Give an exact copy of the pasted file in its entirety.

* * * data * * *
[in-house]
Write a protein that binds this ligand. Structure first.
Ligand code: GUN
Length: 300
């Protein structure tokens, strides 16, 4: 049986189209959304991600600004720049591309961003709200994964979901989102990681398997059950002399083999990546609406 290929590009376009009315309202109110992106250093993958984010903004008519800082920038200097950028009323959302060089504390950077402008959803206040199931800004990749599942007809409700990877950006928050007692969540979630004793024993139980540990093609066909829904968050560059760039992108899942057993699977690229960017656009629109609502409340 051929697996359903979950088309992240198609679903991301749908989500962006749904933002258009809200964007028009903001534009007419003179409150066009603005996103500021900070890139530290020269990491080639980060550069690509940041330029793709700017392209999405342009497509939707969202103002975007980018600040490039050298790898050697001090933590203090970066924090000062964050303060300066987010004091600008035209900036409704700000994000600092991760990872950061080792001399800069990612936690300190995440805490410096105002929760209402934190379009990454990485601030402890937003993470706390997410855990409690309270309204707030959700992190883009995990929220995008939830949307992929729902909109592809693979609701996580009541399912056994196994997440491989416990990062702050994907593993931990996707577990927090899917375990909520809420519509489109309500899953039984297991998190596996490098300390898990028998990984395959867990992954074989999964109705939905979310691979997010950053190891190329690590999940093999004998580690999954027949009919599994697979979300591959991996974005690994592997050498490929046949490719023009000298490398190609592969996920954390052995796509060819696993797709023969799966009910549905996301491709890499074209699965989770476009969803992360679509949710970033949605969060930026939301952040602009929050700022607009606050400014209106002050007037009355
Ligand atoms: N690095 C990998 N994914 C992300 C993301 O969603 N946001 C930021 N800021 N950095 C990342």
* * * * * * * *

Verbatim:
[in-house]
Write a protein that binds this ligand. Structure first.
Ligand code: GUN
Length: 300
């Protein structure tokens, strides 16, 4: 049986189209959304991600600004720049591309961003709200994964979901989102990681398997059950002399083999990546609406 290929590009376009009315309202109110992106250093993958984010903004008519800082920038200097950028009323959302060089504390950077402008959803206040199931800004990749599942007809409700990877950006928050007692969540979630004793024993139980540990093609066909829904968050560059760039992108899942057993699977690229960017656009629109609502409340 051929697996359903979950088309992240198609679903991301749908989500962006749904933002258009809200964007028009903001534009007419003179409150066009603005996103500021900070890139530290020269990491080639980060550069690509940041330029793709700017392209999405342009497509939707969202103002975007980018600040490039050298790898050697001090933590203090970066924090000062964050303060300066987010004091600008035209900036409704700000994000600092991760990872950061080792001399800069990612936690300190995440805490410096105002929760209402934190379009990454990485601030402890937003993470706390997410855990409690309270309204707030959700992190883009995990929220995008939830949307992929729902909109592809693979609701996580009541399912056994196994997440491989416990990062702050994907593993931990996707577990927090899917375990909520809420519509489109309500899953039984297991998190596996490098300390898990028998990984395959867990992954074989999964109705939905979310691979997010950053190891190329690590999940093999004998580690999954027949009919599994697979979300591959991996974005690994592997050498490929046949490719023009000298490398190609592969996920954390052995796509060819696993797709023969799966009910549905996301491709890499074209699965989770476009969803992360679509949710970033949605969060930026939301952040602009929050700022607009606050400014209106002050007037009355
Ligand atoms: N690095 C990998 N994914 C992300 C993301 O969603 N946001 C930021 N800021 N950095 C990342």